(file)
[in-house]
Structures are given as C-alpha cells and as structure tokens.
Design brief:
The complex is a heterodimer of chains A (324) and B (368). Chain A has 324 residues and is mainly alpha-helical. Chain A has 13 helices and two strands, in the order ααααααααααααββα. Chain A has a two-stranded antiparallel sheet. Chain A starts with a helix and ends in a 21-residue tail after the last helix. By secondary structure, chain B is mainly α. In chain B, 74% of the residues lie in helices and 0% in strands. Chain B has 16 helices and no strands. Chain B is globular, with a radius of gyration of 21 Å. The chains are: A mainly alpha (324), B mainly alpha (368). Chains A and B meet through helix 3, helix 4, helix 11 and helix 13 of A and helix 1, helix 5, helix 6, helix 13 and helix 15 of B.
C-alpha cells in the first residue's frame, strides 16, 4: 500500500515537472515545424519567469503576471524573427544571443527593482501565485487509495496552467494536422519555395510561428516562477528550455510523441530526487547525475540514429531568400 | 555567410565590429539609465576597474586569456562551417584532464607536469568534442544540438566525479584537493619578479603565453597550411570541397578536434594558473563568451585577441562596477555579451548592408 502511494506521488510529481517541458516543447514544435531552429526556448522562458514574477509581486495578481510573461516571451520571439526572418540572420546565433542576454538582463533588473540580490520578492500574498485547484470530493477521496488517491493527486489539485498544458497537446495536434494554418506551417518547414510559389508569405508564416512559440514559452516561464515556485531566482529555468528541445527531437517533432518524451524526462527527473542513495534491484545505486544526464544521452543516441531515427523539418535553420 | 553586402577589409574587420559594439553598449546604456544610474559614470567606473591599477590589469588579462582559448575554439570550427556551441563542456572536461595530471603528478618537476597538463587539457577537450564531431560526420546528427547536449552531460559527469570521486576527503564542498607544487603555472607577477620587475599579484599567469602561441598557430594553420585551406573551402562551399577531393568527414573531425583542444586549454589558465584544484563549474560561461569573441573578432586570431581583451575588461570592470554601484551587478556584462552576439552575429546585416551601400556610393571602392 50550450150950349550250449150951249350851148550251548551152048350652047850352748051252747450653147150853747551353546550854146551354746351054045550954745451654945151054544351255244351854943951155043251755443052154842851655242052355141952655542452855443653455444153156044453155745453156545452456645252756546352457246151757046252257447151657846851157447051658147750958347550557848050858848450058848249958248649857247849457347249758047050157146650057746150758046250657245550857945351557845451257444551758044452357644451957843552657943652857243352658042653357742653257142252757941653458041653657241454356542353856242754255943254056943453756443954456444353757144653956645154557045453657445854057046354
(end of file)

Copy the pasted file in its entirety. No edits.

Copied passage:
[in-house]
Structures are given as C-alpha cells and as structure tokens.
Design brief:
The complex is a heterodimer of chains A (324) and B (368). Chain A has 324 residues and is mainly alpha-helical. Chain A has 13 helices and two strands, in the order ααααααααααααββα. Chain A has a two-stranded antiparallel sheet. Chain A starts with a helix and ends in a 21-residue tail after the last helix. By secondary structure, chain B is mainly α. In chain B, 74% of the residues lie in helices and 0% in strands. Chain B has 16 helices and no strands. Chain B is globular, with a radius of gyration of 21 Å. The chains are: A mainly alpha (324), B mainly alpha (368). Chains A and B meet through helix 3, helix 4, helix 11 and helix 13 of A and helix 1, helix 5, helix 6, helix 13 and helix 15 of B.
C-alpha cells in the first residue's frame, strides 16, 4: 500500500515537472515545424519567469503576471524573427544571443527593482501565485487509495496552467494536422519555395510561428516562477528550455510523441530526487547525475540514429531568400 | 555567410565590429539609465576597474586569456562551417584532464607536469568534442544540438566525479584537493619578479603565453597550411570541397578536434594558473563568451585577441562596477555579451548592408 502511494506521488510529481517541458516543447514544435531552429526556448522562458514574477509581486495578481510573461516571451520571439526572418540572420546565433542576454538582463533588473540580490520578492500574498485547484470530493477521496488517491493527486489539485498544458497537446495536434494554418506551417518547414510559389508569405508564416512559440514559452516561464515556485531566482529555468528541445527531437517533432518524451524526462527527473542513495534491484545505486544526464544521452543516441531515427523539418535553420 | 553586402577589409574587420559594439553598449546604456544610474559614470567606473591599477590589469588579462582559448575554439570550427556551441563542456572536461595530471603528478618537476597538463587539457577537450564531431560526420546528427547536449552531460559527469570521486576527503564542498607544487603555472607577477620587475599579484599567469602561441598557430594553420585551406573551402562551399577531393568527414573531425583542444586549454589558465584544484563549474560561461569573441573578432586570431581583451575588461570592470554601484551587478556584462552576439552575429546585416551601400556610393571602392 50550450150950349550250449150951249350851148550251548551152048350652047850352748051252747450653147150853747551353546550854146551354746351054045550954745451654945151054544351255244351854943951155043251755443052154842851655242052355141952655542452855443653455444153156044453155745453156545452456645252756546352457246151757046252257447151657846851157447051658147750958347550557848050858848450058848249958248649857247849457347249758047050157146650057746150758046250657245550857945351557845451257444551758044452357644451957843552657943652857243352658042653357742653257142252757941653458041653657241454356542353856242754255943254056943453756443954456444353757144653956645154557045453657445854057046354